Water cooling, ice formation and some physical properties of sea ice in Puck Lagoon
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In Puck Lagoon the net long-wave radiation is the dominant heat flux causing water to cool during winter. Ice formation depends mainly on wind conditions. Since the temperature of Puck Lagoon ice is almost always higher than ?8?C, solid salt crystals are not present in the ice. The mean salinity of the sea ice is 1.57 psu with a maximum of 4.84 psu. The ice porosity ranges from 0.3% to 7.7% and strongly influences the thermal conductivity of the sea ice in Puck Lagoon. Puck Lagoon is situated in the shallow western part of the Gulf of Gdansk and is about 100 km2 in area. The mean depth is 3.5 m and the salinity can approach 8 psu. The total range of the instantaneous water level is about 1 m. Sea ice forms in Puck Lagoon every year. From 1950 to 1990 there was ice cover on an average of 60-80 days (Szefler 1993). Long periods of fast ice (about 70 days) are typical in this area. The mean date of the first ice in the lagoon is 15 December. The thickness of this first ice increases until March, the average maximum thickness being about 30 cm.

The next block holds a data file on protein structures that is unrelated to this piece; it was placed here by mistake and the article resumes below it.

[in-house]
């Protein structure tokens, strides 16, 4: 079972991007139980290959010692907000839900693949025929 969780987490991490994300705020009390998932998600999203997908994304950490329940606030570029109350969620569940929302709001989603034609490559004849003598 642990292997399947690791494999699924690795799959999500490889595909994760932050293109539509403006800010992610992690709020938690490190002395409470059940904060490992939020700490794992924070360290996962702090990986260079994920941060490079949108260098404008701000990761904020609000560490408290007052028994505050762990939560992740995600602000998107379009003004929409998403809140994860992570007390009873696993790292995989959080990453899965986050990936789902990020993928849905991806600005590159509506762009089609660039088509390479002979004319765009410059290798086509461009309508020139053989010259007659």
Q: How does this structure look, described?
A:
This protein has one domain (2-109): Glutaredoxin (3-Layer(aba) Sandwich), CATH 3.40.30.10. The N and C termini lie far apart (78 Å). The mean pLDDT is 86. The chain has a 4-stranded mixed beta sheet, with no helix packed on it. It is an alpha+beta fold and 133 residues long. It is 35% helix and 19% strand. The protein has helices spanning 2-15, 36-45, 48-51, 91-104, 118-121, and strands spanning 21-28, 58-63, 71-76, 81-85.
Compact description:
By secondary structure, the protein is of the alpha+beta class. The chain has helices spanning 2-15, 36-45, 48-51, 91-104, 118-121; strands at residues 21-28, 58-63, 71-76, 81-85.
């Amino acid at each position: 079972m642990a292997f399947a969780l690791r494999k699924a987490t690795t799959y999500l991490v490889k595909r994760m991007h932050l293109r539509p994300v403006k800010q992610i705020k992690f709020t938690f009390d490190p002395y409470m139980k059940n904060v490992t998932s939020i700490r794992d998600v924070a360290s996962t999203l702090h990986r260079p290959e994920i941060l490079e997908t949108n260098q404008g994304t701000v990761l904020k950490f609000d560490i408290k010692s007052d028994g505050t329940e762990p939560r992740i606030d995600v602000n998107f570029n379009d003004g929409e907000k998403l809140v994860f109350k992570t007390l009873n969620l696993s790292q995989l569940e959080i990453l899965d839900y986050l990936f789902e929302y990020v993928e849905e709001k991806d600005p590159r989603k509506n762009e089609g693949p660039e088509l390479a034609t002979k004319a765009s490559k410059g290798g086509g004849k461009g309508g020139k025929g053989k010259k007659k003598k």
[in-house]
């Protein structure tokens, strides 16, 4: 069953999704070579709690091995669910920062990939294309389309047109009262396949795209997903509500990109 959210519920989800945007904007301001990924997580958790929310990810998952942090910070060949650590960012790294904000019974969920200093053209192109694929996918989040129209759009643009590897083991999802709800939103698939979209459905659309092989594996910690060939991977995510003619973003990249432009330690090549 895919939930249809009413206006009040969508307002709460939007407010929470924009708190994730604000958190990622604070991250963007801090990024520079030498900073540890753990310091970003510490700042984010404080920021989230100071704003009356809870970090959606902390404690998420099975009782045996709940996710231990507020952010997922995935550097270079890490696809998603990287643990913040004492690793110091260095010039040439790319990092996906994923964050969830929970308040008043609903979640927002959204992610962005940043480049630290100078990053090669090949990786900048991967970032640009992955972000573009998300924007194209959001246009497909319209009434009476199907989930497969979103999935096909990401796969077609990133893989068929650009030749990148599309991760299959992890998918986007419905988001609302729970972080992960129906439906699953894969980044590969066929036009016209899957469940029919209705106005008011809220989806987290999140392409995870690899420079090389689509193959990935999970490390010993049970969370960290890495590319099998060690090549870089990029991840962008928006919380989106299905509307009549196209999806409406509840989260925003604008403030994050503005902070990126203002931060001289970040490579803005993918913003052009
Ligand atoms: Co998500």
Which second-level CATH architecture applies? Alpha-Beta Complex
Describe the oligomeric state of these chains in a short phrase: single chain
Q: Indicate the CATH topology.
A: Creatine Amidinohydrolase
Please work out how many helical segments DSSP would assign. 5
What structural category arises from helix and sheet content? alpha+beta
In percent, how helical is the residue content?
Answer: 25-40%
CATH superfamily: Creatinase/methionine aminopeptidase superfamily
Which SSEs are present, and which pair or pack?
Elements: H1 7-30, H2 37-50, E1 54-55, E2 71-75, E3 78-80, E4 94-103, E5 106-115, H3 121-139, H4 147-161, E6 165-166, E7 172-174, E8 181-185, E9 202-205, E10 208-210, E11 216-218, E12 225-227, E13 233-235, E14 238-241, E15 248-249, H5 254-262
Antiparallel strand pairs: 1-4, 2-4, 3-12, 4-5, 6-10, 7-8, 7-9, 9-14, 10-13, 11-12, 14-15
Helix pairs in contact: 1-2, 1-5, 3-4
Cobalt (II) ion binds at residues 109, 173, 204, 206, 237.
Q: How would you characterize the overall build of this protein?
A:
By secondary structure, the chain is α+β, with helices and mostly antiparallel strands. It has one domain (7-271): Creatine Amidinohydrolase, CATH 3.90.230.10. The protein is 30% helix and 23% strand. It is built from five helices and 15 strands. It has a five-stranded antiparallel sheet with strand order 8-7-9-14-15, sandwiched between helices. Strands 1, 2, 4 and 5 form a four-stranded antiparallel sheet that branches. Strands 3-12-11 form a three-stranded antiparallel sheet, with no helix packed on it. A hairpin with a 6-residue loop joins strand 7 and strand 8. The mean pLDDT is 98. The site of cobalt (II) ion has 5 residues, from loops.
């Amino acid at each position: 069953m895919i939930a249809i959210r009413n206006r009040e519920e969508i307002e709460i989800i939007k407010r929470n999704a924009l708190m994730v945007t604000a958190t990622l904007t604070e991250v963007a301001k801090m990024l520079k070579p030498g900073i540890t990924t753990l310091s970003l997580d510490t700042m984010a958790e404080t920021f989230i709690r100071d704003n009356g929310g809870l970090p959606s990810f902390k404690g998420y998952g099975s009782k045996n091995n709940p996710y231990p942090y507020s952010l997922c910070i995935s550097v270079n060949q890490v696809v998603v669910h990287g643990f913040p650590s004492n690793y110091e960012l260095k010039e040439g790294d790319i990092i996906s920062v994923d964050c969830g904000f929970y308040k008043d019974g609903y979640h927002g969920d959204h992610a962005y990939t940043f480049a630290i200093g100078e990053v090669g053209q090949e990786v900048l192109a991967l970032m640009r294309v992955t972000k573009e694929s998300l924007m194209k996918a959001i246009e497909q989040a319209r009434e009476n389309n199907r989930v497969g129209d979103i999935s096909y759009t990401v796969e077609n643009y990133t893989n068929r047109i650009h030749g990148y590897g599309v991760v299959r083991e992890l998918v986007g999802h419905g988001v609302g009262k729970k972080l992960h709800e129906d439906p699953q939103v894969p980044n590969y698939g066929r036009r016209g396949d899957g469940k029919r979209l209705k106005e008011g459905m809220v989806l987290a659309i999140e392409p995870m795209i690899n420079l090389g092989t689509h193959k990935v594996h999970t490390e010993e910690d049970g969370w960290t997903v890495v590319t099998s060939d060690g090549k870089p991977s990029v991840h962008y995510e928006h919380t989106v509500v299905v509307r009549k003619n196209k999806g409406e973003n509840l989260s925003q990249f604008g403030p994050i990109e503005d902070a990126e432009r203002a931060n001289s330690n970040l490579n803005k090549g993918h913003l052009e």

Publication order reference
J. A. Urbanski, Institute of Oceanography, University of Gdansk, al. Marszalka Pilsudskiego 46, 81-378 Gdynia, Poland